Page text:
We have used the KVH even more than we thought.  It goes without saying we use it for family and business.  It’s also been invaluable for planning routes, destinations, arranging services, getting news and entertainment, tracking weather, placing orders for delivery to our next destination, driving directions, banking and paying bills.  With KVH we’re only minutes away from essential answers to questions and problems.  In an emergency, it’s comforting to know we can make a telephone call at any time.  The KVH is without question the most important safety equipment aboard.

We get all of what’s left of our land mail by Internet.  It’s forwarded to Janelle, who opens, scans and places it in our Dropbox account which automatically downloads to Eliana’s server.  All of our records are stored electronically, so this step dovetails with the rest of our document storage.  

The flip side is television.  We elected not to have a satellite television receiver on Eliana.  Missed it at first.  We selectively download a couple of favorite shows and will watch an occasional movie.  Honestly, there isn’t much worth watching.  News and current events come from the Internet.


Good health is part of the formula.  We believe our physical and mental well being is critical.  With an increased awareness of health we have targeted four things: eating right, plenty of rest, exercise and safety.

Debbie cooks almost every meal so we know what we’re eating and rarely eat out.  Her method is (as she says) “simple ingredients prepared simply”.  We have found fresh fruit and vegetables to be abundant and inexpensive except in the most remote areas.  Proteins on the other hand are feast or famine, so we are learning to freeze fish and meat in two person portions.  We like at least 60 days worth in the freezer.  Every night she pulls out the proteins she wants for the next day to defrost.  We drink water and a glass or two of wine each night.

The cardinal rule given to all guests staying aboard Eliana is to get plenty of rest.  Force oneself to rest.  Food digests better, activities are safer, energy is higher which improves alertness on watch.  In a year where we had a number of guests get seasick, we’ve found getting more rest helps prevent or combat it.  Conversely, nothing good happens when people are tired.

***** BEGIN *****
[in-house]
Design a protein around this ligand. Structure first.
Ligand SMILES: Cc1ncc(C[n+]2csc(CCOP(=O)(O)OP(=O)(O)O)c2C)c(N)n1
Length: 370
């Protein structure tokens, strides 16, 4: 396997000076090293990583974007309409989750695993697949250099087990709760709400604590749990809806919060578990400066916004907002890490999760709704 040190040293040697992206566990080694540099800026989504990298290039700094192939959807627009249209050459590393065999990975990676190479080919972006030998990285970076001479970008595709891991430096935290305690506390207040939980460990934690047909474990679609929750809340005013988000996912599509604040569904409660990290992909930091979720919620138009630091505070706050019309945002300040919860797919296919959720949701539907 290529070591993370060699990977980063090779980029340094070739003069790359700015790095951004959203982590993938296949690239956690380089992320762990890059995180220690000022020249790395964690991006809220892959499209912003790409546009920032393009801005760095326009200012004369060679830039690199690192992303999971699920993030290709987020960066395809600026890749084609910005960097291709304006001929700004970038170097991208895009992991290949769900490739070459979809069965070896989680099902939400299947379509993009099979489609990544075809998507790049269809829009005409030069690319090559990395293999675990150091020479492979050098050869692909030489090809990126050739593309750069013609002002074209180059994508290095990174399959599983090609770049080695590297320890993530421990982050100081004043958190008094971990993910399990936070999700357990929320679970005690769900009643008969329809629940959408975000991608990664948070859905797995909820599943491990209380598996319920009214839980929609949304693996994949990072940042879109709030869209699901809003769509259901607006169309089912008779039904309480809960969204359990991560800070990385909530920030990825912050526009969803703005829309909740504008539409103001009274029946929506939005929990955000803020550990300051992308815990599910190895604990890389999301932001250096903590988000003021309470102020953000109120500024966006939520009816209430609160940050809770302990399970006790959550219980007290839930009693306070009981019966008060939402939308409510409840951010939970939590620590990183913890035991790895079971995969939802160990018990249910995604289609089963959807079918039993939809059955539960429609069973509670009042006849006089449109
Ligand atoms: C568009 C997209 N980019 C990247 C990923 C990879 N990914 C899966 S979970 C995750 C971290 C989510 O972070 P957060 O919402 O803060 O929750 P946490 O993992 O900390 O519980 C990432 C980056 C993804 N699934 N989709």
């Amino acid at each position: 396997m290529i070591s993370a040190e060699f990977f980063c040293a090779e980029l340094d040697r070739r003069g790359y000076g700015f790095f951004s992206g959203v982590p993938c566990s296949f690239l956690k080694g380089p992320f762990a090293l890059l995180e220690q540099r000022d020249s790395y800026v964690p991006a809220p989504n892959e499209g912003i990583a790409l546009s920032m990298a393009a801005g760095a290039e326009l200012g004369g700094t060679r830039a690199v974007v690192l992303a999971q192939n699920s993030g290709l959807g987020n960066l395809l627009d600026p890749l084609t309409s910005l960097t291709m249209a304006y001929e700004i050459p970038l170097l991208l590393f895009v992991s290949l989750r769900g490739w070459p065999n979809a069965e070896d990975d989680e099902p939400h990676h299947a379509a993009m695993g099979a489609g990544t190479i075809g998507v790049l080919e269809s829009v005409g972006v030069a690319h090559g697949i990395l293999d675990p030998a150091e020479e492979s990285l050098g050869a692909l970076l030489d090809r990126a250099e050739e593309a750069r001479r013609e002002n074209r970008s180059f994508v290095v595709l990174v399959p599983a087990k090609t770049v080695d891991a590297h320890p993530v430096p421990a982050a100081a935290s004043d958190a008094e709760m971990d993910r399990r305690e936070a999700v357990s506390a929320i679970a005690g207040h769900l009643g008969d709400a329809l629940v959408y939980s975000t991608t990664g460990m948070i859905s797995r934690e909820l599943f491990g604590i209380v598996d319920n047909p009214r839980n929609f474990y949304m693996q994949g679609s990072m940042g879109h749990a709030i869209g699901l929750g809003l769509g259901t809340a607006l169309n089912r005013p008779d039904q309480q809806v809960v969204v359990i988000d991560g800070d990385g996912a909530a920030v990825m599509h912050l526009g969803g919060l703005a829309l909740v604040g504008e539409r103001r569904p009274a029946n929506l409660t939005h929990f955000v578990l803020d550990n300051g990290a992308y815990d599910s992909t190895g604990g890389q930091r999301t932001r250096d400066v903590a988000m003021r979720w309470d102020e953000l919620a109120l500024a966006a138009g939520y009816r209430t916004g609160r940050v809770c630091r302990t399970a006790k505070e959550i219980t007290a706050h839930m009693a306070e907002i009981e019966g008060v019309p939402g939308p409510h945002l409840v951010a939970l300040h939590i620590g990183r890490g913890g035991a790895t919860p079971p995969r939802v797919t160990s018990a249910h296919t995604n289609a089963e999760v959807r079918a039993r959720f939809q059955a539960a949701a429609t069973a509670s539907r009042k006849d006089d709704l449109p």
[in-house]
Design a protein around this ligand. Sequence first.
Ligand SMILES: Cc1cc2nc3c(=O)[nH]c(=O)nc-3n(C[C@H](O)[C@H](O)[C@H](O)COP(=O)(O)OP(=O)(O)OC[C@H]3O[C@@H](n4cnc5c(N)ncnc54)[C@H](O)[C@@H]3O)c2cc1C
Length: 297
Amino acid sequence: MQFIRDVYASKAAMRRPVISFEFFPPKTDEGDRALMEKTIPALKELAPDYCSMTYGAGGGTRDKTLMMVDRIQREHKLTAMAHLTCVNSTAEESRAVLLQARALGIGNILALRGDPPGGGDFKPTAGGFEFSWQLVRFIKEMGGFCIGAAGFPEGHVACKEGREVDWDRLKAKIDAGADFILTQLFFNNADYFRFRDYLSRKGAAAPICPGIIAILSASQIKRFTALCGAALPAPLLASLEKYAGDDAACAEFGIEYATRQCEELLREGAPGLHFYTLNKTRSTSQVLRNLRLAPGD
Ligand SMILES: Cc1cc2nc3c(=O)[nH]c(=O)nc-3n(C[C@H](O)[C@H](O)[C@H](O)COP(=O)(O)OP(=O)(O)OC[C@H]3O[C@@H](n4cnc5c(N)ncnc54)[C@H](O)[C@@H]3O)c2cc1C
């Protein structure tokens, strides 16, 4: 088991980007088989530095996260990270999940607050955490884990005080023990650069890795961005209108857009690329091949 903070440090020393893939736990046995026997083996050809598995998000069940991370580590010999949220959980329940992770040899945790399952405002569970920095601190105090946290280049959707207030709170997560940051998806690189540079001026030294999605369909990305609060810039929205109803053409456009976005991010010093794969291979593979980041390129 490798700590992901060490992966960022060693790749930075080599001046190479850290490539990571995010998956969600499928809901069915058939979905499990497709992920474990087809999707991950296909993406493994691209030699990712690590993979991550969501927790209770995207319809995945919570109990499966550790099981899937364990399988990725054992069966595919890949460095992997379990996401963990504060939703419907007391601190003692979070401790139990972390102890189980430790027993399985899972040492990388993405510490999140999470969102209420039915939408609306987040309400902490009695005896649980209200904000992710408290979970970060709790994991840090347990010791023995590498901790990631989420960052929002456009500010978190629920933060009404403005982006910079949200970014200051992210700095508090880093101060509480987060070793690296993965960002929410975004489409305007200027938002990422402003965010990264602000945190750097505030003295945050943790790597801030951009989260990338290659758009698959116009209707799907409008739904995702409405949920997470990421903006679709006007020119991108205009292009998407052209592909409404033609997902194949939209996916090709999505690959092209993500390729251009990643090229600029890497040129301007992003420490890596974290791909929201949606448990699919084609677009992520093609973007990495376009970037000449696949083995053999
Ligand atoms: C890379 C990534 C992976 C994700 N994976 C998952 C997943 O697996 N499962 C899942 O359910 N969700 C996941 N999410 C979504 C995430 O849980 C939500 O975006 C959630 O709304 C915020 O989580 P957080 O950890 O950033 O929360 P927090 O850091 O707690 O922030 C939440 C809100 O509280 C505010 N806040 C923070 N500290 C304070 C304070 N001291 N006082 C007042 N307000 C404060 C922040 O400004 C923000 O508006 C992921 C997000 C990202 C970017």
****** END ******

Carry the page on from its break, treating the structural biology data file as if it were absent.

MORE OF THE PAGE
Living aboard is good exercise by itself.  Not as much cardio, and nothing as good as Rebecca’s Pilates class, but still boat activity promotes strength, stretching and balance.  We also work to find opportunities ashore for cardio such as running.  One of the most effective workouts we’ve discovered is washing Eliana.  It’s about 5 hours for the two of us but when we’re finished, it feels like we spent an entire day at the gym.

It’s easy to get hurt on a boat.  Once I hurried outside barefooted and caught my toe on the edge of a scupper hole.  Broke the toe, and definitely slowed me down for a while.  So now we intentionally go about each activity slowly and methodically keeping safety in mind and, of course, wear shoes outside when working!  

Car Rental

We sold the cars and now rent which fits our new formula well.  We always have a clean, maintained car that way and can match the type of vehicle to the situation.  Nobody has to pick us up at the airport or take us back.  No worries about garage, tires, cleaning, maintenance or tags as we used to.  Since we only rent a portion of total days, it’s cheaper.

We have learned a couple of lessons.  First is to focus most of the rentals with one company rather than shopping each rental.  It’s easier and through loyalty benefits we believe we’re paying less and getting better service.  The other lesson is rental insurance.  Daily coverages are expensive, so we decline all of them.  American Express has an outstanding rental car coverage for $25 per rental with no deductible regardless of how many days the rental is.  It’s a great program.


While pricing a marina last year I commented to the salesman that I felt the rate was too high.  The salesman said they charge a higher rate for bigger boats because they don’t think the owners care and slip fees must be pocket change for them.  I told him that as logical as that may sound, in our case it isn’t so.  We think controlling cost is important for sustaining a successful, full time cruising career.

Our priorities are almost exactly reverse of the seasonal boater.  We aren’t as concerned about ownership cost because it’s spread over an entire year of full time boating.  Besides it doubles as a home.  There isn’t much we can do about it anyway.  Ongoing expense is more important.  The six primary expenses in order are fuel, internet, travel, insurance, maintenance and slip rental.  Being astute with these makes up for a multitude of errors on everything else.